Part of what I appreciate about my heritage is that the building where we gathered to worship was never referred to as “God’s house.” God did not live there, and church was not a building but a people. So wherever we went, the church went. We could talk to God anywhere, any time.
Another thing about my upbringing: Rarely did we use the word sacred, and even when we did, sacred referred to scripture or hymns. But never to a place. So it’s no surprise that the building where our church community gathered three times a week did not feel like a sacred space to me. It wasn’t meant to. Our auditorium (calling it a “sanctuary” was a sure sign you didn’t belong to the right church) held wooden folding seats facing a pulpit that stood in the center of a small raised stage. Only congregational singing was allowed, so there was no organ and no place for a choir.
It didn’t matter that there wasn’t a choir. As long as people could attend a place of worship, that’s all that matters. But I know that some people would love for their church to have a choir, as it would just heighten the experience further. If they had the funds to do so, then that would be great and would make a lot of people happy. If they didn’t, then they could always have a look for fundraising ideas from places like GoFundMe, (visit this website here) to see what they can do to raise money, so they are able to create a different type of experience for the church community. I guess you could say that it just felt strange to see that there wasn’t an organ or a choir.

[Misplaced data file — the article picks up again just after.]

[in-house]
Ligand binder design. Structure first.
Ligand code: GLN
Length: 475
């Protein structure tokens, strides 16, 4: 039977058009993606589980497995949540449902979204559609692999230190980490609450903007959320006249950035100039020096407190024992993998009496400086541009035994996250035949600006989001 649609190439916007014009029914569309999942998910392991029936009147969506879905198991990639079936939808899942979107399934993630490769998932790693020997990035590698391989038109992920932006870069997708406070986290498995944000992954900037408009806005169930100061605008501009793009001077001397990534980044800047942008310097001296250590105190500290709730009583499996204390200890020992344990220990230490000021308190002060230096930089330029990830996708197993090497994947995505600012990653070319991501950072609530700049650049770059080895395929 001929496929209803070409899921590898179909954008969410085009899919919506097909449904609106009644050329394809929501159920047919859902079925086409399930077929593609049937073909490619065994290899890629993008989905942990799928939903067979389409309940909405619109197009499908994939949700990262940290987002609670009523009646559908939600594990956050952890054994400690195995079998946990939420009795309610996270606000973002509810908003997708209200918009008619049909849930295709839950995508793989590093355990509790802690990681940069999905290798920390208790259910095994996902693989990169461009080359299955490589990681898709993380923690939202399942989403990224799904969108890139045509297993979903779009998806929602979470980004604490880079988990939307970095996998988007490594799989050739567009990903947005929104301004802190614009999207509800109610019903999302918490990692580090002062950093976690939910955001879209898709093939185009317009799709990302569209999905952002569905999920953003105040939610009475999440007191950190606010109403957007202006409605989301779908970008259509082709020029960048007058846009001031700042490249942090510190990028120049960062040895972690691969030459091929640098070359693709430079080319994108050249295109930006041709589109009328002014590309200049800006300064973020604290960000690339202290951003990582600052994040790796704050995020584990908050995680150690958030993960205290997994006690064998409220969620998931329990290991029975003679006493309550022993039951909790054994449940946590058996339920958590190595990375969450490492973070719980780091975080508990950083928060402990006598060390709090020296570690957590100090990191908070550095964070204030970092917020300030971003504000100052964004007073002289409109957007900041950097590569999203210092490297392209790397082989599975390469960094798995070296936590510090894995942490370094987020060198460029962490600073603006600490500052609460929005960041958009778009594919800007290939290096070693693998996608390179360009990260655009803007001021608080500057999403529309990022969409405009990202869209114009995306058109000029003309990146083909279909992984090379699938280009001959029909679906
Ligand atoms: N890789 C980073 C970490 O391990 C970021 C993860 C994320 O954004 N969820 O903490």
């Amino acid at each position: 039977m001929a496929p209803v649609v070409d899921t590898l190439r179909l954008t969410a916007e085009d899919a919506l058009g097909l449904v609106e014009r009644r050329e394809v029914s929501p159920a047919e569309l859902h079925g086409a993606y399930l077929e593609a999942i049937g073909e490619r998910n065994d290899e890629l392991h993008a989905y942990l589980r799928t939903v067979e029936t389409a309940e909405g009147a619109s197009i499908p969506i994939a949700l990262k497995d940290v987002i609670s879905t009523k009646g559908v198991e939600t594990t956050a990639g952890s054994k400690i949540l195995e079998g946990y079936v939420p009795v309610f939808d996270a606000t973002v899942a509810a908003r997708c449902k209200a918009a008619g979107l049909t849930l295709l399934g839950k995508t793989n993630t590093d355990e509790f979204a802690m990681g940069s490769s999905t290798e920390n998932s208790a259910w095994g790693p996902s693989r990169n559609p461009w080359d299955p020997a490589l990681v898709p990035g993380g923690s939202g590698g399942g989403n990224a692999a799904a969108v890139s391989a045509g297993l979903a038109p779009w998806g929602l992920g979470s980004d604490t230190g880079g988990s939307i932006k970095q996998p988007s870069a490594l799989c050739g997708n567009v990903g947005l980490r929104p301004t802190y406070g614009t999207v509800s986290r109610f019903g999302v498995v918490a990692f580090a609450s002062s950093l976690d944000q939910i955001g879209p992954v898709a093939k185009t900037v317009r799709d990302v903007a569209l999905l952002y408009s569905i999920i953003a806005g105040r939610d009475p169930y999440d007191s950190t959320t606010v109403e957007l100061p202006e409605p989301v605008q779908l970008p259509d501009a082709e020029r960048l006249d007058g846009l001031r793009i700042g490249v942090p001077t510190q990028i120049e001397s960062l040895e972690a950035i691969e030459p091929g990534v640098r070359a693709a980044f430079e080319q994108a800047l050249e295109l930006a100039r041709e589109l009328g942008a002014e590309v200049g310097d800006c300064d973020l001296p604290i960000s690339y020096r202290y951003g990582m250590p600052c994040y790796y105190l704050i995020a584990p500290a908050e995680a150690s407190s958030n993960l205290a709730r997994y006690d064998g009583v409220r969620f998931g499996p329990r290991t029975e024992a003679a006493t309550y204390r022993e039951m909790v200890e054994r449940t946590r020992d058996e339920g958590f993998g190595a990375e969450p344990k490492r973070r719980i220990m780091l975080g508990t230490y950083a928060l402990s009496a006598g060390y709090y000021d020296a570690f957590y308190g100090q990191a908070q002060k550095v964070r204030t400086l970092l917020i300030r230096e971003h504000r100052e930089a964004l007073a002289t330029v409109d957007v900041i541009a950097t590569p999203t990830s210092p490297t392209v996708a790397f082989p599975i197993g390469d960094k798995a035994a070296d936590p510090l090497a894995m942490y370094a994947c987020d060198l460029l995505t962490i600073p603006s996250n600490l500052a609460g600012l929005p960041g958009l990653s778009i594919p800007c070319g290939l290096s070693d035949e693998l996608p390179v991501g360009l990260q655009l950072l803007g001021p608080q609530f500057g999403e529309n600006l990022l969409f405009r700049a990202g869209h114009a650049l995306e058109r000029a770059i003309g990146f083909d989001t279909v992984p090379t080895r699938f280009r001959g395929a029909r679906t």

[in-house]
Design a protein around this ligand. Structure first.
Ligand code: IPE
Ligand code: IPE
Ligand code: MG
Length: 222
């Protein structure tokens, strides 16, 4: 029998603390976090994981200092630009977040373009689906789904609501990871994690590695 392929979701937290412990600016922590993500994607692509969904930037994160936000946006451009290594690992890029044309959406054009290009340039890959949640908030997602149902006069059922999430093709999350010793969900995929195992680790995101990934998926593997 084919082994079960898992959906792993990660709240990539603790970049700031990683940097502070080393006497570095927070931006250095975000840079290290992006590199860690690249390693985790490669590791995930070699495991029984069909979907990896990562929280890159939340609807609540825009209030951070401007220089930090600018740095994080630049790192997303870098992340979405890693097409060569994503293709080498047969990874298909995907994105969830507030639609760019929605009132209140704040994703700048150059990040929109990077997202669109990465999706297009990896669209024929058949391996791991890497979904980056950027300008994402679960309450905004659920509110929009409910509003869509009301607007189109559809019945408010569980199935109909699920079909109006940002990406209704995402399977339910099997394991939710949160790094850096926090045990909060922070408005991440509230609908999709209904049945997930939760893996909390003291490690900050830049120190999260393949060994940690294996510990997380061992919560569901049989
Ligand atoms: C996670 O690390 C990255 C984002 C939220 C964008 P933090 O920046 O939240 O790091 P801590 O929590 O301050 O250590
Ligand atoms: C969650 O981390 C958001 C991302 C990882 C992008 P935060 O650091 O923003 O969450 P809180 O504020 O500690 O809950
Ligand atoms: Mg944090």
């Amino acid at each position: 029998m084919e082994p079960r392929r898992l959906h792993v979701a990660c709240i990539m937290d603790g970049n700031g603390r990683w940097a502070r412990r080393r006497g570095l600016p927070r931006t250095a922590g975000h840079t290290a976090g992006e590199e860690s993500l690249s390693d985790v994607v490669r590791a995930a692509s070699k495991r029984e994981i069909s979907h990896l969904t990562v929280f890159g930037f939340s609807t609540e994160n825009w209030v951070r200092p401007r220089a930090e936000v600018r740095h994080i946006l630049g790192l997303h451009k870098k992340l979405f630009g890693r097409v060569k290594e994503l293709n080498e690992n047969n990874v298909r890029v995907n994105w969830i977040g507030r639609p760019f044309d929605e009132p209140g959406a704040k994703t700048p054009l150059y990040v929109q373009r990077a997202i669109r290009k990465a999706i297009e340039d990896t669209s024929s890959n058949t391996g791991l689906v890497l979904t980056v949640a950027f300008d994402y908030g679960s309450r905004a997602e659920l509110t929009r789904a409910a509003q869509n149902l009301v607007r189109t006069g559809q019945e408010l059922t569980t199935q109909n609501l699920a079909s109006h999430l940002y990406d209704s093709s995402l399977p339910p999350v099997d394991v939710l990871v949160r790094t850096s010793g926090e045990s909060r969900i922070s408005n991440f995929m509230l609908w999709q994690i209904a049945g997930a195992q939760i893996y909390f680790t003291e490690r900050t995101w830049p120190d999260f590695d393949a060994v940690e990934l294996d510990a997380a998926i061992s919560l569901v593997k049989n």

Since that time, I’ve had the privilege of visiting the A-frame Arctic Cathedral in Tromso, Norway; Notre Dame in Paris with its rose window, flying buttresses, and gargoyles; St. Stephen’s Basilica in Budapest; the Sistine Chapel and the Pantheon in Rome; a mosque in the City of the Dead in Cairo; a Buddhist temple complex in Guangzhou, China; Kenyan and Ugandan church buildings made of mud brick or stone; and the Eliyahu Hanavi Synagogue in Alexandria, Egypt. Some felt like sacred spaces, others didn’t.
Sacred “mountaintop” experiences defy explanation, just as falling in love defies explanation, or “hoping when all looks lost” defies explanation, or “courage in the face of disaster” defies explanation. As for sacred spaces, feeling Poetry and Hum, the sacred mystery of the numinous, also defies explanation.
Places that immerse me in an atmosphere of the sacred tend to be spacious and high ceilinged with lots of windows that invite my soul to expand. “Up and out” seems to beckon to my inner being. In fact, my private human-built sacred space is my sunroom, where walls of windows allow me to look up and out into my backyard: pines, crape myrtle, Japanese maple, and honeysuckle; hydrangea, salvia, and marigolds; cardinals, chickadees, juncos, and goldfinches – an ever-changing earthscape under an ever-changing sky.
Nature is, for me, the best of all cathedrals.
I’ll share more thoughts about sacred spaces in next week’s post. Meanwhile, treat yourself to listening to one inch of nature’s silence in the Hoh Rainforest, truly one of our great outdoor “cathedrals.”
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Text and tree photo © 2017 Karyn Henley. All rights reserved.
All other photos courtesy morguefile.com.